How a turbulent global economy will shape the U.S. expansion is high on the minds of Federal Reserve officials. In a statement following last month’s policy meeting, central bankers acknowledged that economic growth slowed in the winter months.

If central bankers see global developments holding back U.S. growth, they could wait longer to raise short-term interest rates from near zero.


Posted: June 12th, 2015 | Permalink

ADEDC Excellence in Innovation Award: SASCO Chemical Group

SASCO Chemical Group is the recipient of the Albany-Dougherty Economic Development Commission’s 2015 Excellence in Innovation Industry Award.

SASCO Chemical Group is a third-generation owned chemical manufacturing company whose success and growth is driven by its innovate corporate culture. SASCO has developed revolutionary products for the rubber, wood, mulch and biomedical industries. Most recently, SASCO developed a breakthrough product for the engineered wood industry that has alleviated the industry’s historical problems with corrosion, adhesion release and cleanliness.

Posted: April 22nd, 2015 | Permalink

Gov. Deal recognizes SASCO Chemical for entering into a new international market in 2014

ATLANTA, March 2 – Gov. Nathan Deal recognized SASCO Chemical Group with a GLOBE (Georgia Launching Opportunities By Exporting) Award for entering one or more new international markets in 2014.


 “International trade is a vital component of economic development for small businesses in Georgia,” said Gov. Deal. “In fact in the last year, 88 percent of companies that utilized Georgia’s international trade services had fewer than 100 employees. The GLOBE Awards give us an opportunity to recognize our state’s small businesses that have entered into a new market in the past year. This year’s award winners represent the high-caliber, highly competitive companies that operate in Georgia, and I congratulate each of them on receiving this great honor.”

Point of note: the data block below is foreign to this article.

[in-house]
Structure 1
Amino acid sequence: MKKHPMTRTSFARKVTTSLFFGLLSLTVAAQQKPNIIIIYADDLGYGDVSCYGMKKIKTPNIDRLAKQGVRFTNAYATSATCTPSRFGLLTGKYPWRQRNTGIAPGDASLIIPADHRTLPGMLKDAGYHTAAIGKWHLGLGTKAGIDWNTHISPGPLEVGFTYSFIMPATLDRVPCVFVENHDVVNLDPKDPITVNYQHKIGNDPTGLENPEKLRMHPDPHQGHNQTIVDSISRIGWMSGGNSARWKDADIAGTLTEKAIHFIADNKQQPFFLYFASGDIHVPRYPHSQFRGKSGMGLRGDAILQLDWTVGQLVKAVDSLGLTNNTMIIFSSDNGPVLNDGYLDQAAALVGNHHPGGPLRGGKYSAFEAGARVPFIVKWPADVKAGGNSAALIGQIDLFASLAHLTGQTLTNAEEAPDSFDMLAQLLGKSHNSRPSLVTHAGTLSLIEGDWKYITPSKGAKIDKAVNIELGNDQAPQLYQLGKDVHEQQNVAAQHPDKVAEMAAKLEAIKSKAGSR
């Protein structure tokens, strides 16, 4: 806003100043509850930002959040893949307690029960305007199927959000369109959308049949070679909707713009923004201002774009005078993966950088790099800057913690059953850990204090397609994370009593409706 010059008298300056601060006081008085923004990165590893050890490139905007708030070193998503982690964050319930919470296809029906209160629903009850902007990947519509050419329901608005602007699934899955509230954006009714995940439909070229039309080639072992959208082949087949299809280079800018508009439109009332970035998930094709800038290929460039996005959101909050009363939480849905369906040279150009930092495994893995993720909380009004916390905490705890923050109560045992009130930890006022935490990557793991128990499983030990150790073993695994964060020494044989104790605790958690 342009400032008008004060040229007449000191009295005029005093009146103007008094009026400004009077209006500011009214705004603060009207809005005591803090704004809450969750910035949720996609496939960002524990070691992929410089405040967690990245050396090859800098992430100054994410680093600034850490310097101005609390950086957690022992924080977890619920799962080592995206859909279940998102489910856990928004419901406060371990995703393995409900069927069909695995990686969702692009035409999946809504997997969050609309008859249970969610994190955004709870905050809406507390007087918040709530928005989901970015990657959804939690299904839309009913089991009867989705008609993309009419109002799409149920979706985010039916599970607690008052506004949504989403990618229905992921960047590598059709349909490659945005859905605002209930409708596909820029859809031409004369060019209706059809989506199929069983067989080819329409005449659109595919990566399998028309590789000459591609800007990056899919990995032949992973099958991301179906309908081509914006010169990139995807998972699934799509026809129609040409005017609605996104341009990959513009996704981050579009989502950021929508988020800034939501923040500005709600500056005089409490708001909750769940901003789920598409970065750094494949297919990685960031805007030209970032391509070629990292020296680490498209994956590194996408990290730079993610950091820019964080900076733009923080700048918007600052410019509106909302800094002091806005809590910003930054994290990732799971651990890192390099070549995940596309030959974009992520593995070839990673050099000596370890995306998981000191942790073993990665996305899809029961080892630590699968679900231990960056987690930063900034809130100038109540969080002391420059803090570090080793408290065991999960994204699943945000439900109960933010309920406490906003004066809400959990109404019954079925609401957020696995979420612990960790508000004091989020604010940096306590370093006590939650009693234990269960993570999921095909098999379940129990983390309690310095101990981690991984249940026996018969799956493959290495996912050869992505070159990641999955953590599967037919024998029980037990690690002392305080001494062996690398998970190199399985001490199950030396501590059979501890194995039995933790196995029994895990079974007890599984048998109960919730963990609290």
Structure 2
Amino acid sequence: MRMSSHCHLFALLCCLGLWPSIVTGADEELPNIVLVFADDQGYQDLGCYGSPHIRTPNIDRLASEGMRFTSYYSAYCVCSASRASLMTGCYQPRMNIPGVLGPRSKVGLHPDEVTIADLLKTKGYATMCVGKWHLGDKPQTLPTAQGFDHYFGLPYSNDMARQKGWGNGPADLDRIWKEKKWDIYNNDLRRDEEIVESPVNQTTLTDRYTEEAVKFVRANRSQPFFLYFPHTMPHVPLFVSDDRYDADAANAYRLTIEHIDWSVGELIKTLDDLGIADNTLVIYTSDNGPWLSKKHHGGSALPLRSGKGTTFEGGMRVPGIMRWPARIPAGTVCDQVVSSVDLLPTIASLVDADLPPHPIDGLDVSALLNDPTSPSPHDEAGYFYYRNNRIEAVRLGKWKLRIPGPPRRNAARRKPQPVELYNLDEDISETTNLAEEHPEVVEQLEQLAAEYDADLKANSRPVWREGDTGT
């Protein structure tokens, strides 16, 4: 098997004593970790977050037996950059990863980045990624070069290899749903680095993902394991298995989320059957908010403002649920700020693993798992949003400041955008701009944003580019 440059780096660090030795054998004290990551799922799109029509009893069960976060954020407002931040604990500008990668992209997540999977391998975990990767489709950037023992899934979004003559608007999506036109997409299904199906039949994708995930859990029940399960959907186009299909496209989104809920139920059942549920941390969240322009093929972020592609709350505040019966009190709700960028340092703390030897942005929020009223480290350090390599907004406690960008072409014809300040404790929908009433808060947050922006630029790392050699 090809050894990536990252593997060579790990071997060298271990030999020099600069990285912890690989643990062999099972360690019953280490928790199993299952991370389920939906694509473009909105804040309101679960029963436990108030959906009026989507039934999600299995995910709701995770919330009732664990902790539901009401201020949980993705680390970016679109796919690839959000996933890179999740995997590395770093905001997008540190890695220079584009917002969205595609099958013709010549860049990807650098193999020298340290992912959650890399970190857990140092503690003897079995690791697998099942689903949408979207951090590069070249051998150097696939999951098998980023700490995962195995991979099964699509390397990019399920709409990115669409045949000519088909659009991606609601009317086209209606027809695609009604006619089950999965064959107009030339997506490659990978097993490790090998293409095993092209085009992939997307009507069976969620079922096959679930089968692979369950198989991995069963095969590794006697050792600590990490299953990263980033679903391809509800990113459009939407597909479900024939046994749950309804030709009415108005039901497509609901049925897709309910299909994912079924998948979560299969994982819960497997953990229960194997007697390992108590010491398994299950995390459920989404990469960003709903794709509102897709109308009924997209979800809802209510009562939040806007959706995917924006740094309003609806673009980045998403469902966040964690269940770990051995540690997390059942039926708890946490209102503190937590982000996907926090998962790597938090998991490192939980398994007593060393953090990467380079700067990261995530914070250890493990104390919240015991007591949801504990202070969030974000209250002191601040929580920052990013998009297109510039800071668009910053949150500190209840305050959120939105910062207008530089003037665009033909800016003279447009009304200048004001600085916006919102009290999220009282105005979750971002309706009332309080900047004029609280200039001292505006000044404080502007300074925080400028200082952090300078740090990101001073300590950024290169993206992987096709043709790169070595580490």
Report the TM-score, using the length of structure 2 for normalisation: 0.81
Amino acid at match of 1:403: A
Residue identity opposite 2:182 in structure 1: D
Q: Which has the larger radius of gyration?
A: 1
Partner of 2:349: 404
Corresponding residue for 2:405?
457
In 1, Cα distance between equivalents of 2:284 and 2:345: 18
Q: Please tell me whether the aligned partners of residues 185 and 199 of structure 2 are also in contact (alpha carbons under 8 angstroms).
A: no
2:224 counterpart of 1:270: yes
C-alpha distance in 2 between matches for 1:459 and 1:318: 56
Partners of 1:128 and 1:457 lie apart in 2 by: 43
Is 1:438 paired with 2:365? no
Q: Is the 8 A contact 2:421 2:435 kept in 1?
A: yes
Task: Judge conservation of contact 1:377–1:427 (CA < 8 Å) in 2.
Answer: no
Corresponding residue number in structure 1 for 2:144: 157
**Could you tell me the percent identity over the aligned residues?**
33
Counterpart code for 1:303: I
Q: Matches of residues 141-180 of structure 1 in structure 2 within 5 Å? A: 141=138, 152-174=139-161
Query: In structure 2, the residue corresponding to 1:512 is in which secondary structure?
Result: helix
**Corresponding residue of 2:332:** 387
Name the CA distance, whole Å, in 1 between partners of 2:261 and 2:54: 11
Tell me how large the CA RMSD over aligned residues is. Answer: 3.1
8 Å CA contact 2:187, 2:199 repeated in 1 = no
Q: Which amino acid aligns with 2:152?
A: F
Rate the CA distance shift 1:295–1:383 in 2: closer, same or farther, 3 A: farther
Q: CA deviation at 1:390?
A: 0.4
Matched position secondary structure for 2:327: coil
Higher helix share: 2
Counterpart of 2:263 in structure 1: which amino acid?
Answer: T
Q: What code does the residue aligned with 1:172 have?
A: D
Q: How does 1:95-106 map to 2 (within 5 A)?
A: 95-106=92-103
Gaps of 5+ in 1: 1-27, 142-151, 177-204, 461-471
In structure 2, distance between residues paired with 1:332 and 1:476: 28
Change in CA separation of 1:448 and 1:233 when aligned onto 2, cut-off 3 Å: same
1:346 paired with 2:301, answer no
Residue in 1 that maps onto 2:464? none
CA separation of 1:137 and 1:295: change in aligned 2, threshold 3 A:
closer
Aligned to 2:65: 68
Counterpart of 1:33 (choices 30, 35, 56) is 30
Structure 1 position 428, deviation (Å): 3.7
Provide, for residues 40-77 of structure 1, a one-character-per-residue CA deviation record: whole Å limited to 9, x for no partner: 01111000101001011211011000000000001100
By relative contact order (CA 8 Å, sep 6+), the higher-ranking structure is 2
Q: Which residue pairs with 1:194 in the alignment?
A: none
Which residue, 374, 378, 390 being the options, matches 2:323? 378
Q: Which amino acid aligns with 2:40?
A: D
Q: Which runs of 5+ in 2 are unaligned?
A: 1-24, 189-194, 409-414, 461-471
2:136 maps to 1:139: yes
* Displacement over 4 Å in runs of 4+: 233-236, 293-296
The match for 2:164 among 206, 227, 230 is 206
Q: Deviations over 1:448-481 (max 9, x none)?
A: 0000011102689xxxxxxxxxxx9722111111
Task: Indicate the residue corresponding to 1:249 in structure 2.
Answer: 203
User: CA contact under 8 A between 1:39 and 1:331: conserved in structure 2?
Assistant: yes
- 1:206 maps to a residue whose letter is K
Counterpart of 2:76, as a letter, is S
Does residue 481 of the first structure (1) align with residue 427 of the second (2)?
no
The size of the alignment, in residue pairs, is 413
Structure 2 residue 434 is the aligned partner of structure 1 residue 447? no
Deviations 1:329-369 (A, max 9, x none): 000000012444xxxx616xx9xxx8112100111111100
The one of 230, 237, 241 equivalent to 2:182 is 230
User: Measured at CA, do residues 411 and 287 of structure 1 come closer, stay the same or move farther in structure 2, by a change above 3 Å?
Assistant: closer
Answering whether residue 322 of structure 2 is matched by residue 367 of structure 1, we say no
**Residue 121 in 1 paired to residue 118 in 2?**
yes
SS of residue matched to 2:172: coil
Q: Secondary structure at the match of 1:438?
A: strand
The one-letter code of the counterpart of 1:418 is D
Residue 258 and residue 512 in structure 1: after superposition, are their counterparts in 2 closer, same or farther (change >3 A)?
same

The GLOBE Awards were established by the Georgia Department of Economic Development (GDEcD) in 2014 for the purpose of highlighting companies that have contributed to Georgia’s economic development and global presence by exporting to a new international market.

“Exporting continues to be the foundation of our sales growth, and we are honored to receive the GLOBE Award,” said Marc Skalla, President. “As we approach each new export market, we are reminded that the United States continues to have an advantage with highly technical and highly engineered standard-setting products.  This innovation gap enables us to sustain jobs and even expand our work force.”

GLOBE Award recipients were recognized at the second annual Go Global reception on March 2, 2015 at the Georgia Tech Hotel and Conference Center, an annual networking event for the state’s international representatives. The state has international representation in 11 strategic markets, including Brazil, Canada, China, Chile, Colombia, Europe, Israel, Japan, Korea, Mexico and the United Kingdom and Ireland.